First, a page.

MB: Well, definitely it looks much better. One of the key elements that we got from Chrome Engine 6 is physically-based lighting. This allows us to calculate light bounces off surfaces, thanks to that we can make materials seem really authentic. We can make glass look like glass, wood look like wood, and metal look like metal. So this really helps us make the whole world seem more authentic. And then, of course, with the technology it allows us to take such a big game to multiple next-generation platforms. Those are two of the big advantages.
How’s public feedback helped shaped the changes you’re still making to the game?
MB: You know, that’s constantly the only way we can keep improving our game. We play the game, we bring people from outside to play the game and we see what works. We hear what people think and the fantasies they have, there are times when people have said ‘playing this was awesome, but it would be good if we could do this or that.’ On the other hand, we see that people don’t use any of the stuff we thought were pretty cool, but for some reason they just don’t pick it up. We talk to them and try to see why, and sometimes it’s just that they found it inconvenient. Sometimes it’s really hard because people can’t really put their finger on it as to what’s wrong, it’s just something that doesn’t feel right. That means we have to dig in and figure out what it is that doesn’t feel right. It could be the timing of an animation, or how something works, it’s a bit like an investigation.
Let’s say someone thinks that weapons break too often, it could be that that’s the problem, but in reality it’s actually that they haven’t been repairing their weapons because they don’t have enough resources to do it. So, he feels that his weapons are breaking fast, but they’re really not. It’s just a case of not being able to fix it and maybe we need to create a way to let him know that more.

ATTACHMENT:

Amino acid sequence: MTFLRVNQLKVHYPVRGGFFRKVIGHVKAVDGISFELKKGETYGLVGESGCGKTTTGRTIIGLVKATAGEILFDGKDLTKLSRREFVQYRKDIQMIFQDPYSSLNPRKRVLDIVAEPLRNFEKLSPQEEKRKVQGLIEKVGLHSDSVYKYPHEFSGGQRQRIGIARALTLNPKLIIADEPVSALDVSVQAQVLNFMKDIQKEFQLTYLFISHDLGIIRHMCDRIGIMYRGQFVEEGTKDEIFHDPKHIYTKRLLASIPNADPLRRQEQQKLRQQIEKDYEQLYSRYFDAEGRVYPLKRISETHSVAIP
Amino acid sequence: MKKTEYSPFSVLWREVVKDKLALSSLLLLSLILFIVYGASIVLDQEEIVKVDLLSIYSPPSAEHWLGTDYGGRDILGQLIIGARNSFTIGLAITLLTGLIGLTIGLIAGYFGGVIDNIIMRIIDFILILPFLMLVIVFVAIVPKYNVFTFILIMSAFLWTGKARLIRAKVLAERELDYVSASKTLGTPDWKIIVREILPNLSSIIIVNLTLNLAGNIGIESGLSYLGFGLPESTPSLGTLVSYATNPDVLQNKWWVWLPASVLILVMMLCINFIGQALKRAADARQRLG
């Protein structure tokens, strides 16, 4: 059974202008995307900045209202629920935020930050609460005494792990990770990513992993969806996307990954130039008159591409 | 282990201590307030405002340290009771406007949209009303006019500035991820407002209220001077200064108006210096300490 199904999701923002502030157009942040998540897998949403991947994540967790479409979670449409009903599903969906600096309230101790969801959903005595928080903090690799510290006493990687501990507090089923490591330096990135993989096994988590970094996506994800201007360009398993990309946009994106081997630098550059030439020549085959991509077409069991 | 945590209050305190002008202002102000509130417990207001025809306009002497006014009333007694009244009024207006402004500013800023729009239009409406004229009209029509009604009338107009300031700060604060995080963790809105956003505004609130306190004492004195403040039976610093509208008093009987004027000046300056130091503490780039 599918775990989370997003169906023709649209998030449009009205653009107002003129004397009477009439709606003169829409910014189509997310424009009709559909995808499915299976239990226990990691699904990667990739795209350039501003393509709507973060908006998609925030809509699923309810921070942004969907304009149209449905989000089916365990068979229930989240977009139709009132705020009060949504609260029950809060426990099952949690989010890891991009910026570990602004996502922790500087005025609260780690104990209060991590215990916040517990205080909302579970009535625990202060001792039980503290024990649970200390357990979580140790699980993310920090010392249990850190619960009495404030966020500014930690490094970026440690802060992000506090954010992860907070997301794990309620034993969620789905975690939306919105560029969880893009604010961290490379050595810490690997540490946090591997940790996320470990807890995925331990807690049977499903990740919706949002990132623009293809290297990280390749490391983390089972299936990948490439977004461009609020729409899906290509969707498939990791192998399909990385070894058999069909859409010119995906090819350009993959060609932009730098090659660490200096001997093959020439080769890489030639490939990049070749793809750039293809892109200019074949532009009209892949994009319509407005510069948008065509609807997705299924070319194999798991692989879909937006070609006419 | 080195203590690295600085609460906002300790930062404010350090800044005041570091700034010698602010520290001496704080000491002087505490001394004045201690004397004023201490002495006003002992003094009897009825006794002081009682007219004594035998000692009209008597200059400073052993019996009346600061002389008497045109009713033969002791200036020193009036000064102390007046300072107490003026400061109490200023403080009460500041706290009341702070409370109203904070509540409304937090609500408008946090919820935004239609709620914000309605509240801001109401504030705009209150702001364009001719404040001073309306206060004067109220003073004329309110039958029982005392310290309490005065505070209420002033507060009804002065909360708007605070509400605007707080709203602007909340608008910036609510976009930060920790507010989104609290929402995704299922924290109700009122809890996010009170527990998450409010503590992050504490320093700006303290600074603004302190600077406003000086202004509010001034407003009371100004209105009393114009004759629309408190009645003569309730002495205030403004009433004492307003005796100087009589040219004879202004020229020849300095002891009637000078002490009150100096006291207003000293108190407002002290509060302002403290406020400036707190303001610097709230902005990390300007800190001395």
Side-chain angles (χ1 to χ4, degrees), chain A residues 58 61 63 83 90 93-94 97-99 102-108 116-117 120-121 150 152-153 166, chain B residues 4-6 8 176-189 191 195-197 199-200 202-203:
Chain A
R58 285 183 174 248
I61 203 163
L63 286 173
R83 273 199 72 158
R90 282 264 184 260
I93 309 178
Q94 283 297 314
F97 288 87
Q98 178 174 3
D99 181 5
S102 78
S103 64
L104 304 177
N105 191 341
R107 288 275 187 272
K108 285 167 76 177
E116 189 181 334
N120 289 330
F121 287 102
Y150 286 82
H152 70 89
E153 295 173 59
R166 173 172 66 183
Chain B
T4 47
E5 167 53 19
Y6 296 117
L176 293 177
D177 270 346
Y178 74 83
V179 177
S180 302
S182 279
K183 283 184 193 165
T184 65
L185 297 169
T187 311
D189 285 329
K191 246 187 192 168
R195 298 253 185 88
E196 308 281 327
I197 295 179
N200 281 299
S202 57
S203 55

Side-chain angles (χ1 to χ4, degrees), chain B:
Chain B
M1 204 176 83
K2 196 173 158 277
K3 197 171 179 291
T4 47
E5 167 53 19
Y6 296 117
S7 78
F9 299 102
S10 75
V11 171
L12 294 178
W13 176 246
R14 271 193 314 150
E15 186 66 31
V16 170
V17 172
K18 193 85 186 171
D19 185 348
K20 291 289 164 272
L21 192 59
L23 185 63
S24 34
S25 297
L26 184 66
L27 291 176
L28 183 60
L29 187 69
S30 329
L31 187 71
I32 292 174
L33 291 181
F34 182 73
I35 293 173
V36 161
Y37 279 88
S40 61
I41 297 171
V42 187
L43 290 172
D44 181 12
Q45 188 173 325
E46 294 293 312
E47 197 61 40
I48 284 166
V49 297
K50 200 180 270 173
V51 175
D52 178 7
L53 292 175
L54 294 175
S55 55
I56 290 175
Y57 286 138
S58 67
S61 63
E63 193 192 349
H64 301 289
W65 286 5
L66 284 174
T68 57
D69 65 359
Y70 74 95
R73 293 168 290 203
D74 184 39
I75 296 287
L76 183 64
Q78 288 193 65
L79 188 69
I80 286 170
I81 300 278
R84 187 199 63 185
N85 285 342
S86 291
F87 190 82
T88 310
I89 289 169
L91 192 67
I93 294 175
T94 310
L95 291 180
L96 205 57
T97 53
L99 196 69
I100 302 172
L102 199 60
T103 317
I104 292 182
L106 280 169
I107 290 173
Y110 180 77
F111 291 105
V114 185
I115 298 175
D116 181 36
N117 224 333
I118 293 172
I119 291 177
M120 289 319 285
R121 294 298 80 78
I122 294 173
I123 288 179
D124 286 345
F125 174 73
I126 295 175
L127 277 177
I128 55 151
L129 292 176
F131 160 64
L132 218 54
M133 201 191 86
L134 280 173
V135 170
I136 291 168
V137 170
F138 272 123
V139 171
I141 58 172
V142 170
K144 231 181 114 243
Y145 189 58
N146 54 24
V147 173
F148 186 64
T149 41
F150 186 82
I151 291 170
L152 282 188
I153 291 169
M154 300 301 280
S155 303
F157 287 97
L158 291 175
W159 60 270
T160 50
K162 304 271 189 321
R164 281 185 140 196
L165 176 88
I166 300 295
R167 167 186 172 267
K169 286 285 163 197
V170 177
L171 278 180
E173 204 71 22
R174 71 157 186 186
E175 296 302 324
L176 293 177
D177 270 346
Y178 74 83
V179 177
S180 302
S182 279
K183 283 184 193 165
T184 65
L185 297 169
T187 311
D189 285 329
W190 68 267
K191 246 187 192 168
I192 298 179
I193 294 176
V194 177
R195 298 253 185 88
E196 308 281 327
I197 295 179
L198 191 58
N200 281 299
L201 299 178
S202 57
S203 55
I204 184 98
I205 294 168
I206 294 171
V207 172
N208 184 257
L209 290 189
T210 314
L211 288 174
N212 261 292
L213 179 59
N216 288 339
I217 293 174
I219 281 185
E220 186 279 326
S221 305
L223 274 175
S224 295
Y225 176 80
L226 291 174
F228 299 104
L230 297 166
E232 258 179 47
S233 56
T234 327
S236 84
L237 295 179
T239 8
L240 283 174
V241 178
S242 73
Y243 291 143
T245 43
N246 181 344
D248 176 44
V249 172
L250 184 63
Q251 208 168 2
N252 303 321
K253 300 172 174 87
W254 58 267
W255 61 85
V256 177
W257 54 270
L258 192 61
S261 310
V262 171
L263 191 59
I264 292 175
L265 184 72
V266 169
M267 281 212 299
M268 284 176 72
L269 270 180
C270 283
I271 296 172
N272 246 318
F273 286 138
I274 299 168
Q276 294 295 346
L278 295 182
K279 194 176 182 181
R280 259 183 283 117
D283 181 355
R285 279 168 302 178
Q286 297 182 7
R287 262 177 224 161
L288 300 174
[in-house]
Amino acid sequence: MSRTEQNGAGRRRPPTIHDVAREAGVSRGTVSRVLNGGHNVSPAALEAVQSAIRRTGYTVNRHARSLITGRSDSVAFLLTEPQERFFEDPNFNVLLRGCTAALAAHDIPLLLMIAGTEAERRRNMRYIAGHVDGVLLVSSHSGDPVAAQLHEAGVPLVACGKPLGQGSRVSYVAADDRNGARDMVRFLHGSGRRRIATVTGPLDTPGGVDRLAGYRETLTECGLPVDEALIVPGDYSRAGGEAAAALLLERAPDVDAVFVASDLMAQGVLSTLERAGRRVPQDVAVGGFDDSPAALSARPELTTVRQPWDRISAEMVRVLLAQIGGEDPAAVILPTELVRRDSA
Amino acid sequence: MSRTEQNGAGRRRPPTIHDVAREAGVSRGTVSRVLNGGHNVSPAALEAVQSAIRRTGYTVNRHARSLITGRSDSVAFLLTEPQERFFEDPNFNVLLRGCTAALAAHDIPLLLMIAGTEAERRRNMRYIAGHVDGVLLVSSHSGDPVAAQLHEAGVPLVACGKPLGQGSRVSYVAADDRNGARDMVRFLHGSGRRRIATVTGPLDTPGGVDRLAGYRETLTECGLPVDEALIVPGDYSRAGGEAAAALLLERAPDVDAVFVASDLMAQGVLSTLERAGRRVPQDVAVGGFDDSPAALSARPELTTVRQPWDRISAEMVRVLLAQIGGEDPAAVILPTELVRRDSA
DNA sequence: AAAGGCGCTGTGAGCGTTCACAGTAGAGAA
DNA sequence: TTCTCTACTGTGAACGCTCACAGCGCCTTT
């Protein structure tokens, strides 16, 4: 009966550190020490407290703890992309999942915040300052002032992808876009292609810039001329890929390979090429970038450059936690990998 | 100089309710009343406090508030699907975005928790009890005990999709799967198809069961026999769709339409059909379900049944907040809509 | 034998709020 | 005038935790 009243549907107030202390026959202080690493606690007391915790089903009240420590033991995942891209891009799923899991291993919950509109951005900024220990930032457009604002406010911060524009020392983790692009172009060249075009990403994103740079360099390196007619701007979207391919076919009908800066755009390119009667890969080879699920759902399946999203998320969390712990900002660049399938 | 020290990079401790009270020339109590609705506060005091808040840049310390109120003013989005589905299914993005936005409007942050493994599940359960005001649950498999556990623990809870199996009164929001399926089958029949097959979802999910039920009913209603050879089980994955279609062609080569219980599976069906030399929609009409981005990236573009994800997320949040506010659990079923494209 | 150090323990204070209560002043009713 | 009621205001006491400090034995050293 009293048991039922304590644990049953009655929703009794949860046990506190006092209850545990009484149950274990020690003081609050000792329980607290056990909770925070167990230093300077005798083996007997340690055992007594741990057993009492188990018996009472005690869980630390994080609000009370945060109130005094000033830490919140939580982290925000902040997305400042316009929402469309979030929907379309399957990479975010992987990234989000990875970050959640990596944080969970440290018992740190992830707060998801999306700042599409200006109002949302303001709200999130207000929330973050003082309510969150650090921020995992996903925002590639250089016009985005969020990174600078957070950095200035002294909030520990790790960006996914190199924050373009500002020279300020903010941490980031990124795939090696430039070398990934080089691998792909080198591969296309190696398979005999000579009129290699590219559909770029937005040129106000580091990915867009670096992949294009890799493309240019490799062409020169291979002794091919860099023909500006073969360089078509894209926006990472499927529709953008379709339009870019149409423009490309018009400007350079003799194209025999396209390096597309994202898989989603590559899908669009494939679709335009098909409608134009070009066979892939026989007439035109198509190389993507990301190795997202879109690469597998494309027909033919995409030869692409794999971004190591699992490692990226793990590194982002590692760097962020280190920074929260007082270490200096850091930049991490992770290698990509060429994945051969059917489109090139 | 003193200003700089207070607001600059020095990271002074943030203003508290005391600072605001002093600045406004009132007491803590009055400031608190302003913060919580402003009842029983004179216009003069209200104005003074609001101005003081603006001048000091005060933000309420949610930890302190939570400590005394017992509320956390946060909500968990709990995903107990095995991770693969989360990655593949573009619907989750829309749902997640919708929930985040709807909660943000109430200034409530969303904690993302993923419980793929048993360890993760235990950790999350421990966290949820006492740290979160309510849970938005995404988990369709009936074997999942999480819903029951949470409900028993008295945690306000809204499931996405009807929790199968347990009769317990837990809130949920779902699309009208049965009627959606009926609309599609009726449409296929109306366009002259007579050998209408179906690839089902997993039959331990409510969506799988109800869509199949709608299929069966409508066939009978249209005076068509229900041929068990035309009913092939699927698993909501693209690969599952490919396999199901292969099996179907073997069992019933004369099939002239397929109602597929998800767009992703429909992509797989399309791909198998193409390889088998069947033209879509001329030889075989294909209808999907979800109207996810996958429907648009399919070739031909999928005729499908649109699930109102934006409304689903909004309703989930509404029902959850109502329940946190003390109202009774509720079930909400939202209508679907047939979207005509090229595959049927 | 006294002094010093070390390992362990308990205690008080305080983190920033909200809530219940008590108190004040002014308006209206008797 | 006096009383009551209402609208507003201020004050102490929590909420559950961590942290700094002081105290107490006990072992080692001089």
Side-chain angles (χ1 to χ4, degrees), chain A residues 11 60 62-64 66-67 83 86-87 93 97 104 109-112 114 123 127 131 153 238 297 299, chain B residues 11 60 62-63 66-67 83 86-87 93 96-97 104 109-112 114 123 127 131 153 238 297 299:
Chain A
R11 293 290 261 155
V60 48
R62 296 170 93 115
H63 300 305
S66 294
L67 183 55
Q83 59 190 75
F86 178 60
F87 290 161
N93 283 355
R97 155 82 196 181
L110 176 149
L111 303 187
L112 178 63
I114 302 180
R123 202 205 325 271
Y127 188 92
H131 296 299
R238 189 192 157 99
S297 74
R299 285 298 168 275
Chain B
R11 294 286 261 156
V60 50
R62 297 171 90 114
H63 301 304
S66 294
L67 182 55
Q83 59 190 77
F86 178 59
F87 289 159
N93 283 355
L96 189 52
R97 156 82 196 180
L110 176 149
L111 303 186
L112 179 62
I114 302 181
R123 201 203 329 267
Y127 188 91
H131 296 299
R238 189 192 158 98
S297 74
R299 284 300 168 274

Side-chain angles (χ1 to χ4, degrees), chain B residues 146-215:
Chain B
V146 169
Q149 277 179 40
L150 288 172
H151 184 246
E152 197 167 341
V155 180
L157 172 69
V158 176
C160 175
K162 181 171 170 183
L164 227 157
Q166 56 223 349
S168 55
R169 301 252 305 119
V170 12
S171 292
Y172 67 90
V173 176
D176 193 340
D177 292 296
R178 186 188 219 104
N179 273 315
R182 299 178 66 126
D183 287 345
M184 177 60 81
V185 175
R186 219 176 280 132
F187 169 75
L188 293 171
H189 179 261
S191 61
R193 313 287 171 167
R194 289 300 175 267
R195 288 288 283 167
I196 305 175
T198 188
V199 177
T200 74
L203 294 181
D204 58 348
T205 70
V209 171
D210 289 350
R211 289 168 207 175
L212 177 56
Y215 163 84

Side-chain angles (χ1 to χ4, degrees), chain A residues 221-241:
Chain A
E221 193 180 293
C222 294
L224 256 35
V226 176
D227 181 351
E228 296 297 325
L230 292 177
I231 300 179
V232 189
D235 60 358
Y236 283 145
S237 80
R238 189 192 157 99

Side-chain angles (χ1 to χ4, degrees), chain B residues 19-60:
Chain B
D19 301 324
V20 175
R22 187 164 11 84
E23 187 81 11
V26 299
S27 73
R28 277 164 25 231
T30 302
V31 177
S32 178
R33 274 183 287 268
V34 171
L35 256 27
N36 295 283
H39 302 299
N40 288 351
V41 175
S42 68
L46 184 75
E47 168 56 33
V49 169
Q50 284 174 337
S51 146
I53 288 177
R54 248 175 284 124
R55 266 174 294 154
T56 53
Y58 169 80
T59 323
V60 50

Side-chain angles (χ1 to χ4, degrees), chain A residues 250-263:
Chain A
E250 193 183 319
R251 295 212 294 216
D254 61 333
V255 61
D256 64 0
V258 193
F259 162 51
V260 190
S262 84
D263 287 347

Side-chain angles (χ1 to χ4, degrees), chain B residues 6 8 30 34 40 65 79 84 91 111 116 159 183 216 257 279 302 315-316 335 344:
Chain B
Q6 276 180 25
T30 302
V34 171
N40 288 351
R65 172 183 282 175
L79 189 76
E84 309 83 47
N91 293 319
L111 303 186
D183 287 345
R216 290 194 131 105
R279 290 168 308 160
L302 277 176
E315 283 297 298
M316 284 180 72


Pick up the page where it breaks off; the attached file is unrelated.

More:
Has there been a feature you’ve quite liked that didn’t make the cut?
MB: Well, there’s tonnes of stuff that doesn’t make it through. The nighttime mechanics actually went through more than a dozen prototypes of how enemies react. A dozen of them just went to trash because it didn’t work out. We knew the type of experience we wanted to craft, so we tried something and it didn’t work out so we try to find out why it didn’t and finally you get something where people go ‘yeah, this is it!’
Sometimes it’s quite frustrating because you keep trying, and keep trying, and keep trying, and it just becomes like ‘holy shit’ [puts head in hands] ‘holy fuck, I have no idea what I’m doing’, we would try all those ideas and, you know, ‘maybe we were wrong all along, maybe it’s not a fun concept.’